In the near term, Miller said it’s unlikely end users will notice much difference in StubHub’s product. But enterprise clients, such as teams and leagues, and brokers will notice one key difference: StubHub is no longer a corporate entity and will be founder-owned and founder-led. Baker created StubHub’s business model during his initial stint with the company over 15 years ago.
“The desire to take this business into the future and apply the different visions and aspirations we have for it, is a long-term plan,” said Miller, “and that is an adjustment from where StubHub was before, which was corporate-owned and an entity of a corporation. The motivations around that are different than what we have.”
Aussie Mark Yovich became the first president of globalized Ticketmaster when he replaced former President and Global Chairman Jared Smith in late 2020. Yovich has been with Ticketmaster parent company Live Nation for 20 years, including overseeing Ticketmaster’s international business for the past decade, but he has a tough act to follow. Billboard called Smith, whose 17 years with Ticketmaster ended in late 2020, the “most successful ticketing executive of the last decade.” Ticketmaster also lost COO Amy Howe after six highly regarded years when she became president of FanDuel last summer and later took over as CEO.
Monumental Sports & Entertainment extended its deal with Ticketmaster by six years in 2021.getty images
“Being in the space for 20-plus years, I normally could name you 10 people from a Ticketmaster perspective that I can call and help on initiatives. And with all the changes, I’m actually not sure who to call over there on this stuff,” one U.S. ticketing industry source said.
Ticketmaster, the clear leader in primary ticketing by nearly all non-growth-related measures, has 150 offices in 30-plus countries, and it has recently completed a global consolidation of its teams and tech platforms.
“If you’re going to be partnering like we do with the largest sports clients, they are all looking at global audiences,” said Brendan Lynch, Ticketmaster global executive vice president of enterprise and revenue. “You need to be able to talk about where their fans are, sell tickets where their fans are, and integrate with whatever systems are required in different markets.”
Moody’s analyst Peter Adu said Live Nation was able to raise $1.2 billion total during the pandemic, including a $500 million investment from the Saudi Public Investment Fund in April 2020, making PIF the company’s third largest shareholder. An equity raise last September helped Live Nation revive its stalled $450 million acquisition of a controlling 51% stake in Mexico’s OCESA Entretenimiento, the third largest concert promoter in the world and a dominant force in Latin America, another boost to Ticketmaster’s global muscle.
Adu expects Live Nation to exceed its pre-pandemic levels this year. Revenue in 2019 was around $11.5 billion and fiscal year 2021 revenue should approach $6 billion. Adu is expecting something between $12.5 billion to $13 billion in fiscal year 2022 revenue. That should give Ticketmaster a healthy war chest for however many of the available team and league ticketing partnerships it pursues in the coming year-plus. In December, it signed a multiyear renewal of a decade-old deal with the NBA to remain the league’s official ticketing marketplace.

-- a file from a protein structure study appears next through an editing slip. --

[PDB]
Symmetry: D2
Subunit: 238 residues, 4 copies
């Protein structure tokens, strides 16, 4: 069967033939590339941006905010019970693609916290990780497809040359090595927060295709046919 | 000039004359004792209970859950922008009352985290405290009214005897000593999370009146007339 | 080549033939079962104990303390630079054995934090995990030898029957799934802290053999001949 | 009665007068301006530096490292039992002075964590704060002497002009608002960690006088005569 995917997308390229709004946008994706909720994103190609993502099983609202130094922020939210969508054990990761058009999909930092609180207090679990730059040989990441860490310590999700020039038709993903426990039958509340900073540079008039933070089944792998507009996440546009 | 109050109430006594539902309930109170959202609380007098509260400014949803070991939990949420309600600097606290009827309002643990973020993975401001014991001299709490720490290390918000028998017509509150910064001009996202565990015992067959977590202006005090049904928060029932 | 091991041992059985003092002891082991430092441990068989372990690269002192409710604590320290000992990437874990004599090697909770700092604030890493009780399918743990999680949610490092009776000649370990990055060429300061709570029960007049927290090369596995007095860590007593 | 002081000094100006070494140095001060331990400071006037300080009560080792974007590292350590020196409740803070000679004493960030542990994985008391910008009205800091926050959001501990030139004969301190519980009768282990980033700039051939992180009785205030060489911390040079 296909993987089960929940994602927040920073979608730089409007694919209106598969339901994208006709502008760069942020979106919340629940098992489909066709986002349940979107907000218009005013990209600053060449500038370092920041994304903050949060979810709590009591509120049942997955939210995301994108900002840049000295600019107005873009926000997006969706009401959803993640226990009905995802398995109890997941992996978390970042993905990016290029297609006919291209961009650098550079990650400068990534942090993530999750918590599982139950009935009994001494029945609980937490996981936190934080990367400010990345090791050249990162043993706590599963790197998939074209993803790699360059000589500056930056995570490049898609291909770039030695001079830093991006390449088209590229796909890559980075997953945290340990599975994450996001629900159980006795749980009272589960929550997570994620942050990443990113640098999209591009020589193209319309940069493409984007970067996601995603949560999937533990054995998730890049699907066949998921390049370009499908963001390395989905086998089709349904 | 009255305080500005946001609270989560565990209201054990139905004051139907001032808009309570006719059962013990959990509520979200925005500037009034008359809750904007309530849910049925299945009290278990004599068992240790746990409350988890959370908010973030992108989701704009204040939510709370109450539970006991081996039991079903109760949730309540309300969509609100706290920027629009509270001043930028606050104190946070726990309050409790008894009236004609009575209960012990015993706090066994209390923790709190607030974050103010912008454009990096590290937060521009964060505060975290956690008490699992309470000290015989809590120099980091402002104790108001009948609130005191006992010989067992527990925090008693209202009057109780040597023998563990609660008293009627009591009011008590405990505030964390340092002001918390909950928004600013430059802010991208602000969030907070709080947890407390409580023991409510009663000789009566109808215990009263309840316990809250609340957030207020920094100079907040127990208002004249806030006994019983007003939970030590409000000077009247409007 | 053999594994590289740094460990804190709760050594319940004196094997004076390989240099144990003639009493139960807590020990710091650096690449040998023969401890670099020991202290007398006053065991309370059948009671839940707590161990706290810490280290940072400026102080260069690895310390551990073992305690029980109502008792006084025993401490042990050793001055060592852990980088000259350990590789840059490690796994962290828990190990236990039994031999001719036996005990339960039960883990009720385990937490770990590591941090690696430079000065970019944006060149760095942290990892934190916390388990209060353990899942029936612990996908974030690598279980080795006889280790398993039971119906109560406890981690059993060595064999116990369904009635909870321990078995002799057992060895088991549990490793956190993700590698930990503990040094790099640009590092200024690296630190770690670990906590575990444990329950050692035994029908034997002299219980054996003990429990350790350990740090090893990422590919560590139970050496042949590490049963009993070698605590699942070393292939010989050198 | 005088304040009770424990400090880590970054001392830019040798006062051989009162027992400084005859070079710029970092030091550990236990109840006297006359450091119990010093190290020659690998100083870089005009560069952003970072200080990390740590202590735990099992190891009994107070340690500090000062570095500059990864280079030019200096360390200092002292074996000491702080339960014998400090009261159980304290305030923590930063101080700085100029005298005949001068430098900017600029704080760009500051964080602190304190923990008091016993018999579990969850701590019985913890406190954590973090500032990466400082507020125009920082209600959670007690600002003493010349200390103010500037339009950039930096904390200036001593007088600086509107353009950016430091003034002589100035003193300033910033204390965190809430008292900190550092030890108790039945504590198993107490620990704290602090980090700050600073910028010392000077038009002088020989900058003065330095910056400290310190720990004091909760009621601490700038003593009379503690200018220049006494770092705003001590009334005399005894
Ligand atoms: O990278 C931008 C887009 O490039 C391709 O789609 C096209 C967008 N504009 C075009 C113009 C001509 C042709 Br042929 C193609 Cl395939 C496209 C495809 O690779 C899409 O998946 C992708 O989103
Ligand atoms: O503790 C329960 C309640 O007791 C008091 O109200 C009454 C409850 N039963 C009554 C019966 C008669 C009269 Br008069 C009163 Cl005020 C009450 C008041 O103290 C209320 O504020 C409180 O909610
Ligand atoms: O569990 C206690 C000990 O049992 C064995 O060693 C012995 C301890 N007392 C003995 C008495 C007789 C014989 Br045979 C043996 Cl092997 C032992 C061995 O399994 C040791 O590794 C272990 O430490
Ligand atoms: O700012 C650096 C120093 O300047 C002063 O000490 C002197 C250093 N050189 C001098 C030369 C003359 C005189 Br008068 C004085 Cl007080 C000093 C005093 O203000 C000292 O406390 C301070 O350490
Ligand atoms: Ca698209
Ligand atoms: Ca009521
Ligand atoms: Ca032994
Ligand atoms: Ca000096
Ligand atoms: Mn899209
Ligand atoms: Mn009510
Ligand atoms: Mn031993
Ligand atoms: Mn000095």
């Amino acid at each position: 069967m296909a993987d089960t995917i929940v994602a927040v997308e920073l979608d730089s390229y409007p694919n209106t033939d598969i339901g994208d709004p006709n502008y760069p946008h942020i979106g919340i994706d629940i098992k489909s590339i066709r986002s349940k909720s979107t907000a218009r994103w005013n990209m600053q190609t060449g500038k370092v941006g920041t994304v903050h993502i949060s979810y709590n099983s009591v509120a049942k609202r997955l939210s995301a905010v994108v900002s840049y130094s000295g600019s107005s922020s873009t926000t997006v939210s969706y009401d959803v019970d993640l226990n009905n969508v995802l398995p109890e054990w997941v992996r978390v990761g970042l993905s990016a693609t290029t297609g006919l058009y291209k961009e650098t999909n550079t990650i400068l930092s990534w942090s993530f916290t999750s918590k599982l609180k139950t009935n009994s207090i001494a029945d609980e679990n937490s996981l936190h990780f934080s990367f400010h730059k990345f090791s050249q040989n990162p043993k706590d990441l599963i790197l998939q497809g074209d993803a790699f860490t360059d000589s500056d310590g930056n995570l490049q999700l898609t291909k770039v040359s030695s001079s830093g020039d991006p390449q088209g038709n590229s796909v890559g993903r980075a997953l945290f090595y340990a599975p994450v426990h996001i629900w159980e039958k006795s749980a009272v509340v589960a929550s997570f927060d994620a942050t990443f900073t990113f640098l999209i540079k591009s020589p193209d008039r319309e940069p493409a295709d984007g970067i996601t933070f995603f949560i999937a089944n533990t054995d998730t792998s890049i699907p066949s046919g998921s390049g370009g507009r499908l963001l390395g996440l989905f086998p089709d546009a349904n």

It’s likely in the coming years that American lawmakers turn their attention back to the ticketing industry, which was the subject of congressional hearings in 2019 on a variety of subjects, including ticketing transparency. Regulation is as much of a threat to Live Nation and Ticketmaster’s business as the competition. Accordingly, Live Nation spent $2.1 million on lobbying in 2021, five times as much as Vivid Seats, which was second in lobbyist spending. As many as 26 people were fighting for Live Nation and Ticketmaster’s interests in Washington, D.C., at times last year.
“Politicians yell and scream, but it never gets to the point where it becomes punitive to the company,” said Adu. “There will be noise on the margins, which we’ve always talked about, that’s one of the concerns [Moody’s has]. But at the same time, it’s difficult to figure out what the regulators would do to break the business.”
SeatGeek’s proposed merger with RedBall is awaiting a shareholder vote, expected before the end of March. Assuming the deal closes, it’s clear that SeatGeek would use some of its new cash to chase more league and team deals, which form the backbone of the designated market areas strategy that’s helped spur the company’s growth during the past five years. SeatGeek grew at a 70% compound annual growth rate from 2016 to 2019, and the investor deck for its SPAC deal projects revenue of $345 million in 2022, potentially reaching $1.2 billion by 2025.
The DMA strategy focuses on winning geographical areas. When a venue in a particular locale switches to SeatGeek, more fans use SeatGeek inside the venue but also at other events in the region. Brokers then sell more on SeatGeek, spinning an economic flywheel. The company usually needs only one partner team or venue in a particular city. Eventellect co-founder Patrick Ryan said he saw that plan work in Dallas, where Eventellect’s sales of Mavericks tickets through SeatGeek doubled percentage-wise after SeatGeek signed its deal with the nearby Cowboys. SeatGeek’s enterprise deals usually break even by the end of the second year, according to the investor deck.
Brooklyn Nets owner BSE Global signed a ticketing deal with SeatGeek last fall, which includes naming rights to the plaza in front of Barclays Center and in-venue signage. getty images
SeatGeek didn’t pause its DMA strategy during the pandemic. It signed new ticketing deals with roughly two dozen teams, leagues, and properties, including its first deals in NASCAR (Daytona), WNBA (BSE Global/Liberty), and college football bowl game (Arizona Bowl). Expect SeatGeek to aggressively pursue the many team and league deals coming to market in the next two years.
“It’s become an increasingly large fraction of how much SeatGeek growth is driving,” said co-founder and CEO Jack Groetzinger. “This will be the first year where we’re expecting a majority of our growth to be driven by DMA-specific growth, meaning signing new clients and investing in those geographies.”